Notice I don’t have ideas for every single food he eats, but I have enough to get me going for a week or two. If I am still struggling then, I will revisit this and try to come up with some more ideas.

I don’t want to mislead you here, and you are probably already thinking, “That’s great, but my kid isn’t going to eat dried cranberries.”  They very well may not, well, at least the first time you try anyways (check out Try and Try 12 Times for more on this). There is some reason your kid feels comfortable eating pretzels, cheerios, cookies, or whatever it is for your kid. Changing it up slightly is more likely to go over well than changing it up a lot. The more familiar the food is to them, the more likely they are to give it a try. It is important to remember all of the Basic Strategies I have shared, too, and use them in conjunction with this tip. Especially, making sure you have another preferred food available. If you are taking raisins away, and changing it to dried cranberries, then they aren’t a preferred food until they eat it, so make sure you serve the new food with something that is comfortable. Also, you don’t necessarily have to point out that the food is different, but don’t try to trick them either (They aren’t really going to expand their variety if they think they are eating something else).  At the same time, you may lose some kids if they bite into something expecting it taste like something else. Kids can get distrustful fast, especially when it comes to their food. You will have to use some trial and error and see what is a better approach for your kid. 

The main idea is to give you more ideas for new foods to try. Once they have started eating some of these foods that are slightly different you can change it slightly again. For instance, Isaac barely eats yogurt, a staple in our house. If I can get him eating banana yogurt (because he likes banana so much), I can slowly introduce other combinations like strawberry/banana yogurt and then ultimately just strawberry yogurt. It’s like you are slowly transitioning them into more foods by using the foods they already eat. Does that make sense? I know this one is a little complicated, but I wanted to share it because I think it will be very helpful for those of you that are struggling with increasing food variety.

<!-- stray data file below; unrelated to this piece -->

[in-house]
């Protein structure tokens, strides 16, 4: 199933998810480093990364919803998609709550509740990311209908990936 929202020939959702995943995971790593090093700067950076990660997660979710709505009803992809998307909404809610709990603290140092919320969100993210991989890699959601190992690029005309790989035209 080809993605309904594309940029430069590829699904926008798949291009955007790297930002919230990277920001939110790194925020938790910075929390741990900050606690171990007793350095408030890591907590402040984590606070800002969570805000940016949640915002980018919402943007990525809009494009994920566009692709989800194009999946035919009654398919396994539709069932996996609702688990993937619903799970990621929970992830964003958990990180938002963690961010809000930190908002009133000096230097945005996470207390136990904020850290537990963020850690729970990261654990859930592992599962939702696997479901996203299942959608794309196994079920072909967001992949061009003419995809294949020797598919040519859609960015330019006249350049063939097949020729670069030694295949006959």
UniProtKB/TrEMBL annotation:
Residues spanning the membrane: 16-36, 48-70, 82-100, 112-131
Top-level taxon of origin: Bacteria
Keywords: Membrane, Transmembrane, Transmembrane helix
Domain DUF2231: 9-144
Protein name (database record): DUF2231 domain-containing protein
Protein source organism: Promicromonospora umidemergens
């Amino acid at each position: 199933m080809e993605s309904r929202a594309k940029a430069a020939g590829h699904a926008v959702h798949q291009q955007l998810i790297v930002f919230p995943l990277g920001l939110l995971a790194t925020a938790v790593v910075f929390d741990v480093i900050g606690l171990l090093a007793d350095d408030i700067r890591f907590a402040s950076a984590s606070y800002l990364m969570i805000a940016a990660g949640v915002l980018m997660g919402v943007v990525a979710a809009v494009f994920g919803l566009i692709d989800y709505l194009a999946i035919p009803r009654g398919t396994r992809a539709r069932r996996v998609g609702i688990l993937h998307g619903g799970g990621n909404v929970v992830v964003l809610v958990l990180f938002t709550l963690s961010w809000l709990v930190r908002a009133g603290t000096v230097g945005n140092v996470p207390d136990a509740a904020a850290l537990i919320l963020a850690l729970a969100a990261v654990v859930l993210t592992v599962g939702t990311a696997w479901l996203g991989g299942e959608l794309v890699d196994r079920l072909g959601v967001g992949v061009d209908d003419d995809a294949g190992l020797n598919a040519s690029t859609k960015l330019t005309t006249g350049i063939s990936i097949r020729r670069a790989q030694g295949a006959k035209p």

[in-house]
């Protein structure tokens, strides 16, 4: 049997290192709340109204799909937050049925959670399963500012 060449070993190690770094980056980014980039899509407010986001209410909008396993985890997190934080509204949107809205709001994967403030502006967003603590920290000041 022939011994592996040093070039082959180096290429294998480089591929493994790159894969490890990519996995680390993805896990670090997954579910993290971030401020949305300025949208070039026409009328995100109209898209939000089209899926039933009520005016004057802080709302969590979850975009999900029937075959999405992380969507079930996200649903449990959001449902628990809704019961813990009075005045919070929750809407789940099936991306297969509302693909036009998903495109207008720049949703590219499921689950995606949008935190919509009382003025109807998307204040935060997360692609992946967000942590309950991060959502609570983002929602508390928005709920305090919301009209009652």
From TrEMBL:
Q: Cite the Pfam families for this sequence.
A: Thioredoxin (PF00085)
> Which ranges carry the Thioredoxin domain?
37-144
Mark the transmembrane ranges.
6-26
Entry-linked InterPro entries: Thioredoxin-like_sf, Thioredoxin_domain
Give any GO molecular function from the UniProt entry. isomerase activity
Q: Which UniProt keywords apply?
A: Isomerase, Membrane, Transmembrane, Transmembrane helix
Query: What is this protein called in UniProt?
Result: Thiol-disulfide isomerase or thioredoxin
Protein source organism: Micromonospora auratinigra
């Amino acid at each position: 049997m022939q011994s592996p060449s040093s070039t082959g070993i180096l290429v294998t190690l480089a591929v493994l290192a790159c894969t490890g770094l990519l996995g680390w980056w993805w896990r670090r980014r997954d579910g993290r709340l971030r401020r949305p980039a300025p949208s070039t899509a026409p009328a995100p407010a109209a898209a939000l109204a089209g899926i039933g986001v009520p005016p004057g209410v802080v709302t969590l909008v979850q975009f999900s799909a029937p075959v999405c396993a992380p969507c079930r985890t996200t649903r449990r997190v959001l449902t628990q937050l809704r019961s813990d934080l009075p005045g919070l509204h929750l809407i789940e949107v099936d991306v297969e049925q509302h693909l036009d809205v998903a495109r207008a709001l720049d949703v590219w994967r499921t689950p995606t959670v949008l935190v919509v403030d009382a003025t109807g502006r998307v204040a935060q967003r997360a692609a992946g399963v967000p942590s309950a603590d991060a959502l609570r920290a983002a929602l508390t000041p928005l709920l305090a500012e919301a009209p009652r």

One last thing. Take a look at your list on the whole. Does anything stand out? Sometimes there are patterns that may give you some insight about how your kid is selecting food. For instance, all the foods may be white or tan in color, mostly crunchy, or very soft. Take note and use that as your starting point. If all the foods are tan, try other tan foods you can think of first and then slowly change the color. Again, I hope I am not losing anyone here. I am getting into some therapeutic strategies here. Please, ask questions! And, let me know how the lists are going!

Also, don’t forget to subscribe to my email list, I don’t post often, but when I do, I share valuable tips that can help your little one with eating or sensory processing. The sign-up is below and at the top of the right side-bar.

More on Picky Eating

Sensory Processing and Picky Eating

Helping Your Child with Extreme Picky Eating

When Has Picky Eating Gone Too Far?

Creating a Positive Mealtime for Kids

Managing Family Meals with a Picky Eater